No Child Left Behind: Summary, Pros & Cons

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  • 0:01 No Child Left Behind
  • 1:20 Pros
  • 3:01 Cons
  • 5:14 Lesson Summary
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Lesson Transcript
Instructor: Natalie Boyd

Natalie is a teacher and holds an MA in English Education and is in progress on her PhD in psychology.

The No Child Left Behind Act has been both influential and controversial since it was first passed over a decade ago. But what exactly is it? In this lesson, we'll explore the No Child Left Behind Act, including its pros and cons.

No Child Left Behind

Imagine that you went to school where there were no assessments. Pretty cool, right? No papers to write, no tests to take - that would be awesome!

But wait! If there were no assessments, how would you and your teachers know if you're learning? You might think you understand something, and your teacher might assume you do, but you could have it totally wrong! Not to mention the fact that without assessments, you couldn't tell if you were doing well enough to pass on to the next grade.

Not too long ago, schools were not required to give assessments to students. Many of them did, but it wasn't a requirement. But then the No Child Left Behind Act of 2001 was passed, which was the first federal law requiring schools to assess students and put forth standards for students to pass.

NCLB, as the No Child Left Behind Act is often called, focused on assessments, standards, and accountability of schools and teachers. It was linked to Title I Funding, which are federal monies given to schools with a high percentage of low-income students. Essentially, the law said that schools would have to administer standards-based assessments. If students didn't do well enough on the assessments, the schools risked losing their Title I funding.

Let's look closer at the pros and cons of NCLB.


Many educators were very excited about NCLB when it was first signed into law at the beginning of 2002. And there are some really good things that have happened since then to bolster the support of NCLB. They include:

1. Test score improvement

In general, test scores have improved since 2002. Not only that, test scores of minority students have improved since then, a good sign for the future!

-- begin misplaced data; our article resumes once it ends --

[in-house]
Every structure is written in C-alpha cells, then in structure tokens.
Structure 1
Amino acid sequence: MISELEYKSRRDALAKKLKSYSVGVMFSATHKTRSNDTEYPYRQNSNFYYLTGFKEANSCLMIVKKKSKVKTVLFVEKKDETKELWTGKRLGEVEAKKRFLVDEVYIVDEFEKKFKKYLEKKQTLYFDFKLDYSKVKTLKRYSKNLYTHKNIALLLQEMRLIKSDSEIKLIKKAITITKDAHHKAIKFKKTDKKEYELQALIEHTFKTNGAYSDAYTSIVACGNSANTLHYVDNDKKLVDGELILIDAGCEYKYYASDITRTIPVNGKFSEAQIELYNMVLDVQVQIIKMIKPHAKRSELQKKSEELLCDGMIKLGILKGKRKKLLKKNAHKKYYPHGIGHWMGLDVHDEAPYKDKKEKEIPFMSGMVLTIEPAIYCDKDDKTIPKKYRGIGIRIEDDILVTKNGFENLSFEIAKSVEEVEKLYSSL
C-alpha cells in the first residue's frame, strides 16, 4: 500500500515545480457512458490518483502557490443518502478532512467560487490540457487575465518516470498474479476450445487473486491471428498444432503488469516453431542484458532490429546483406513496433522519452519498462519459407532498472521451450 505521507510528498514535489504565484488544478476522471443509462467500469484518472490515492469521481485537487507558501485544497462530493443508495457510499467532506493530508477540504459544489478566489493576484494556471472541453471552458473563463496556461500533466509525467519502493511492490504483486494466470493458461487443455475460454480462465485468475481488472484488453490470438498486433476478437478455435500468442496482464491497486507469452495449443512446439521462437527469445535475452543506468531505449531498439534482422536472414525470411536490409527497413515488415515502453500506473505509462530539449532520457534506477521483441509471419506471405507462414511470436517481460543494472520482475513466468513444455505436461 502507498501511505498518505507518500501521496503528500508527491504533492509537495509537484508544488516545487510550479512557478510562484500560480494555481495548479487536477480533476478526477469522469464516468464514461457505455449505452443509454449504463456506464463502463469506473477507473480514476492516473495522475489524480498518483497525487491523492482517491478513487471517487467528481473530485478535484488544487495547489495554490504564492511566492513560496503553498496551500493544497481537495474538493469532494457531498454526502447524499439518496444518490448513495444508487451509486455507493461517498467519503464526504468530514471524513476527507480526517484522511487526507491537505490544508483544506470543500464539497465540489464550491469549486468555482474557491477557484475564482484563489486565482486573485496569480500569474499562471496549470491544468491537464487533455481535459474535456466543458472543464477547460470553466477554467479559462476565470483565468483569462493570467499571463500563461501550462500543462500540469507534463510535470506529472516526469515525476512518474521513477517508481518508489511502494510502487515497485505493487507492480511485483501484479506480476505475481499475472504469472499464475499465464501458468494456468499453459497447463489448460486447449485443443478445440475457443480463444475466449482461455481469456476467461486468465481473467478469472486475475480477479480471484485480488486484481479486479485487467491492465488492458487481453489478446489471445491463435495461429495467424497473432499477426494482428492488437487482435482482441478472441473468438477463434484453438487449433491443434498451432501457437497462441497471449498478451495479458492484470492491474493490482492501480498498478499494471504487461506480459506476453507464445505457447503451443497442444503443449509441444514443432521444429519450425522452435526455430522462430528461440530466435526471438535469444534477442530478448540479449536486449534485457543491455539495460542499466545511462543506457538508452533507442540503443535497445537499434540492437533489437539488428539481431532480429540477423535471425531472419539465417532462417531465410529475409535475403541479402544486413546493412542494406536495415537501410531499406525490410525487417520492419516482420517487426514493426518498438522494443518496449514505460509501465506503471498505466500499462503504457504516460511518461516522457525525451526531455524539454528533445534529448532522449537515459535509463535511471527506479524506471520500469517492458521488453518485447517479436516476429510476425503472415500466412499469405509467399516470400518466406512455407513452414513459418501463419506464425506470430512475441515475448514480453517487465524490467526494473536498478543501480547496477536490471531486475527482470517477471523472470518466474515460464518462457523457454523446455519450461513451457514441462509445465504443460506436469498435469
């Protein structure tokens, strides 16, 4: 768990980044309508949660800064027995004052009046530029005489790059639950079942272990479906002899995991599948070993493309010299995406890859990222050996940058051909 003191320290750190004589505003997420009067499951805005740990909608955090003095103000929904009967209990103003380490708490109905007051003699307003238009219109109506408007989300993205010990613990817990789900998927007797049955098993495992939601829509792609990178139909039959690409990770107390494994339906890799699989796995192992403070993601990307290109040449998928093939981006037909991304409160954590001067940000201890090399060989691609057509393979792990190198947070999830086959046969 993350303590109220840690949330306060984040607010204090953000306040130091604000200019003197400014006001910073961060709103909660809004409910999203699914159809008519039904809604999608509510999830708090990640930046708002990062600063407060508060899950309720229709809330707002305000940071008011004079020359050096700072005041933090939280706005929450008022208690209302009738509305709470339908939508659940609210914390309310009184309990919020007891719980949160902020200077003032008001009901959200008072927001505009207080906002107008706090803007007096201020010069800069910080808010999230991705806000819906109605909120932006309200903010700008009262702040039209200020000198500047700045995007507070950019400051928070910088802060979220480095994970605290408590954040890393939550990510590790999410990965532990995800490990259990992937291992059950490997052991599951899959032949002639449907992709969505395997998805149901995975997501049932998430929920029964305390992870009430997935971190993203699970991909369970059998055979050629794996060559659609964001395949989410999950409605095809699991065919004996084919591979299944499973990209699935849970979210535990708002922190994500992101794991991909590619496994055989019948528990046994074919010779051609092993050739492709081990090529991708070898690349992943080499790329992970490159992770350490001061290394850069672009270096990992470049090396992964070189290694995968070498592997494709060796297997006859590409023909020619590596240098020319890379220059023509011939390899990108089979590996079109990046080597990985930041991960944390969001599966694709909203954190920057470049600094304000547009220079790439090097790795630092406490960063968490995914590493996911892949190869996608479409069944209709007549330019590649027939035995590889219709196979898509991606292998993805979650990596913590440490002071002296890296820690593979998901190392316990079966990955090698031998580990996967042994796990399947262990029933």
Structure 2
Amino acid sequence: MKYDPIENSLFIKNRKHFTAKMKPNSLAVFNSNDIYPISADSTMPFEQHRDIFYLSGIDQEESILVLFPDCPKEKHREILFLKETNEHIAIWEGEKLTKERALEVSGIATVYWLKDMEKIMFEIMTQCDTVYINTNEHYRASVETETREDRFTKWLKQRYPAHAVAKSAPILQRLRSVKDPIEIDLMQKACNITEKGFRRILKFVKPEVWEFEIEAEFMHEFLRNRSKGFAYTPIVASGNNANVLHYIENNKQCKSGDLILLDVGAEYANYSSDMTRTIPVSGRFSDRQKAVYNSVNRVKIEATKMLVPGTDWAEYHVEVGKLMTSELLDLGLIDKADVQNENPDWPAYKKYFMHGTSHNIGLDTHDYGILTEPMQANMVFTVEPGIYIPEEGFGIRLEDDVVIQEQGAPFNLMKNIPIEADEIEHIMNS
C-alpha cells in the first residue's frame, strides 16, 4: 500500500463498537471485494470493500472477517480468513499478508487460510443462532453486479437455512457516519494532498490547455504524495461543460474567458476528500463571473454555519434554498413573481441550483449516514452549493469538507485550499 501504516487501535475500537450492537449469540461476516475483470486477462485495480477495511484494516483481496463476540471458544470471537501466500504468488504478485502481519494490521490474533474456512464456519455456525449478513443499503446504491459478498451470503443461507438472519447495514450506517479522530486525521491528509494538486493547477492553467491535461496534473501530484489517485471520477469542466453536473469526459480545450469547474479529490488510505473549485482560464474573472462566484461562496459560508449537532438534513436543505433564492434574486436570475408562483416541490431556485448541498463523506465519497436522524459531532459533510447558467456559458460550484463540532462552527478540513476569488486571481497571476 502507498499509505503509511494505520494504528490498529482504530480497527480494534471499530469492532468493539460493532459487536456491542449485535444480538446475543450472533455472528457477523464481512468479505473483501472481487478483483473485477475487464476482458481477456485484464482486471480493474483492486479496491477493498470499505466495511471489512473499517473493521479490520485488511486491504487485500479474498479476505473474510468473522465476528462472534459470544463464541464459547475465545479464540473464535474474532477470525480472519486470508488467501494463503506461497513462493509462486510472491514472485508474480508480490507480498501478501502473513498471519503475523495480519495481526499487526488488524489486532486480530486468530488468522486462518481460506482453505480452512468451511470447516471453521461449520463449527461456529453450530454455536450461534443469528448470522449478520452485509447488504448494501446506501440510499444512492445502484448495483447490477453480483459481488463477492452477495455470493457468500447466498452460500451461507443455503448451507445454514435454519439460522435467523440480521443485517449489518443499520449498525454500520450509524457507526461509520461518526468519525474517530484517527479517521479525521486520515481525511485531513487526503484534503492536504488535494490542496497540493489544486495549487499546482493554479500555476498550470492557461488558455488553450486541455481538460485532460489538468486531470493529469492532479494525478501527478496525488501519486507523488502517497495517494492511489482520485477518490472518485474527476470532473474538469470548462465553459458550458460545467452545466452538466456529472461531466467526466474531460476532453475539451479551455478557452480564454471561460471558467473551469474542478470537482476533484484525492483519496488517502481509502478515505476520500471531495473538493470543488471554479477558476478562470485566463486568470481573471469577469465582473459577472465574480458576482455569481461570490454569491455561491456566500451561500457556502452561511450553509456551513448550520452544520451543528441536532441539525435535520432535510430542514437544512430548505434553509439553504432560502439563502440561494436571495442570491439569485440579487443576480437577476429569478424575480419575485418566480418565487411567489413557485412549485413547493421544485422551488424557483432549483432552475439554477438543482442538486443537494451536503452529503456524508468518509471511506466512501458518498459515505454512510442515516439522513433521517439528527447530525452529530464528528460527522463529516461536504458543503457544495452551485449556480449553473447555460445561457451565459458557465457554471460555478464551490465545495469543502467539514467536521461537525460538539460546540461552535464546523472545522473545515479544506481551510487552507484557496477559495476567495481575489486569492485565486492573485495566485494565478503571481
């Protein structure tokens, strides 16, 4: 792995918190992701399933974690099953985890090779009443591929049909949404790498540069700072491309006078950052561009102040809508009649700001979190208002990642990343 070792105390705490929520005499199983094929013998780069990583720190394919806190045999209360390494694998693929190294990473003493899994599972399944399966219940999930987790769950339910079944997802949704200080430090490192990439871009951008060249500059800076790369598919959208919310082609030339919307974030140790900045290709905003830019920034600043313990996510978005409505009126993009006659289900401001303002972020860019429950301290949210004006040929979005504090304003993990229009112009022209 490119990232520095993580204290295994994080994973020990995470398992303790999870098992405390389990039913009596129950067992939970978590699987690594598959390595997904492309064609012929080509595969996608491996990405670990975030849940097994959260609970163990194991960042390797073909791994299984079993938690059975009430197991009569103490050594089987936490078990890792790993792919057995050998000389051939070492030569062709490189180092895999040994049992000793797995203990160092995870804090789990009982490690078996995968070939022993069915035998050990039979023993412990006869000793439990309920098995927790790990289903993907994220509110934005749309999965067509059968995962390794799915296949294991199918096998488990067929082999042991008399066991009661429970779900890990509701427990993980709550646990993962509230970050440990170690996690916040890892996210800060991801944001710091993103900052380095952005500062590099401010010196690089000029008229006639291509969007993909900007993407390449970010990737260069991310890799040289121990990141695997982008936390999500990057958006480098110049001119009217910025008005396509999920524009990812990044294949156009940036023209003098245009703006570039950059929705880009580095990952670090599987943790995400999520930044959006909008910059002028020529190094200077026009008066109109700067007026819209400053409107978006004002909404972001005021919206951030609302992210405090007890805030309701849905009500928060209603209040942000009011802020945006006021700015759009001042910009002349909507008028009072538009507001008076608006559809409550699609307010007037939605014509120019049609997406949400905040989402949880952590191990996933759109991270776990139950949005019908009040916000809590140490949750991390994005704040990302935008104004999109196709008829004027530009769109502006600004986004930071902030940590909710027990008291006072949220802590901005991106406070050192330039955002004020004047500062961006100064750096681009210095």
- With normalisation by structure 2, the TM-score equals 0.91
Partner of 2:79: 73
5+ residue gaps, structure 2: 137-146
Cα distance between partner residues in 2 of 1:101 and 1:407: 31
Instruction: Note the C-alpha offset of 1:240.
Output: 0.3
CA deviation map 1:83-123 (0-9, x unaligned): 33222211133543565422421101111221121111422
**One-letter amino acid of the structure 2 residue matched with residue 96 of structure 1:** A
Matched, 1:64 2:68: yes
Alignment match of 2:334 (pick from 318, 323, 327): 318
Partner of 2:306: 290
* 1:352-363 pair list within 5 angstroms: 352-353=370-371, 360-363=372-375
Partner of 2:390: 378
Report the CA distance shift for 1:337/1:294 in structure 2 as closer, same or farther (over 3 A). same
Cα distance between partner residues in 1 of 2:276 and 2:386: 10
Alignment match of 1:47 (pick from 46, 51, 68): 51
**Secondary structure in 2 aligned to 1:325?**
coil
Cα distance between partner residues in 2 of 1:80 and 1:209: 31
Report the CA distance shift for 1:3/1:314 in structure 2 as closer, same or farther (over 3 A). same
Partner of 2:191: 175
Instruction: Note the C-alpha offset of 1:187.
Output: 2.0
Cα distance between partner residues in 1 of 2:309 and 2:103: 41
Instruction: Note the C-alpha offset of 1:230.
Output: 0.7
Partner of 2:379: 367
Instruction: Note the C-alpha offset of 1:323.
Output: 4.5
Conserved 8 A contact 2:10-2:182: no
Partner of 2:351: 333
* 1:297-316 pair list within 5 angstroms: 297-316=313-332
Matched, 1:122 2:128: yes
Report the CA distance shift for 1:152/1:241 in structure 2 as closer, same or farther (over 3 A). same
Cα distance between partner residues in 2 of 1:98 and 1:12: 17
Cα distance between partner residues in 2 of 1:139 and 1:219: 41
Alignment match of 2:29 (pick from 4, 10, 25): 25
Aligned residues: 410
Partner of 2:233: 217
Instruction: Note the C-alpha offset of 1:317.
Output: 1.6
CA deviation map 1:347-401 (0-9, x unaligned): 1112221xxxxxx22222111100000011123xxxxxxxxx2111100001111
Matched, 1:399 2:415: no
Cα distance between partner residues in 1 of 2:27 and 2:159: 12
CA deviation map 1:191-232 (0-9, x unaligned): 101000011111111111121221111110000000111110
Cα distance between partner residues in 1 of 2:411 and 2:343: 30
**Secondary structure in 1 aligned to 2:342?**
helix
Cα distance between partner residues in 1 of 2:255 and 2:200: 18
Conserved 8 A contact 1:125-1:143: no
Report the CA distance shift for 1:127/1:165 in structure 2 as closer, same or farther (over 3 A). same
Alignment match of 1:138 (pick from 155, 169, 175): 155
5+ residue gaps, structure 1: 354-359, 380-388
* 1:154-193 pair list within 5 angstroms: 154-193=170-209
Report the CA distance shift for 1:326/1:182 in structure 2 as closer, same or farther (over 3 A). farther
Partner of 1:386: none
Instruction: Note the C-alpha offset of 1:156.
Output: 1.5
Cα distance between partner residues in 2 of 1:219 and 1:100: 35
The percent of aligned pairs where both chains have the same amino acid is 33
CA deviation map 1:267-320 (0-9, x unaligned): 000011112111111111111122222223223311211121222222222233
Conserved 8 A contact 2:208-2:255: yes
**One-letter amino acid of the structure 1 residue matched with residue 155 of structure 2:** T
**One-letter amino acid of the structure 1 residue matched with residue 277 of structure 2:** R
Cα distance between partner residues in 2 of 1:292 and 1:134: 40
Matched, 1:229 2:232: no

2. Teacher qualifications

One of the issues that NCLB tried to tackle was that of making sure that teachers were highly qualified for the jobs that they do. Since 2002, more teachers are qualified and more highly educated than they were before. This means that students are getting instruction from the best possible teachers.

3. Extra help

One benefit of regular testing is that it helps schools identify students who need extra help. And because the schools could lose funding if students don't do well on tests, they have an extra incentive to help struggling students. Since NCLB was passed, hundreds of thousands of students have received tutoring or other free supplemental help from schools.

4. Parental understanding

Remember when we said that without assessments, you can't know how well you're doing in school? Thanks to the tests mandated by NCLB, parents have a better idea of how their child is doing.

Not only that - because schools' test scores are made public, parents have a better idea of how their child's school is doing, and that allows them to better understand options, like private school or charter schools, that might provide a better place for their children to learn.


Despite all the good news, there are some issues that critics have raised with regards to NCLB. They include:

1. Test score improvement

As we saw, proponents of NCLB point out that test scores have improved since 2002. But critics aren't sure that the law is responsible for that. They point out that even before NCLB, the schools that were giving tests saw test score improvements since the 1980s.

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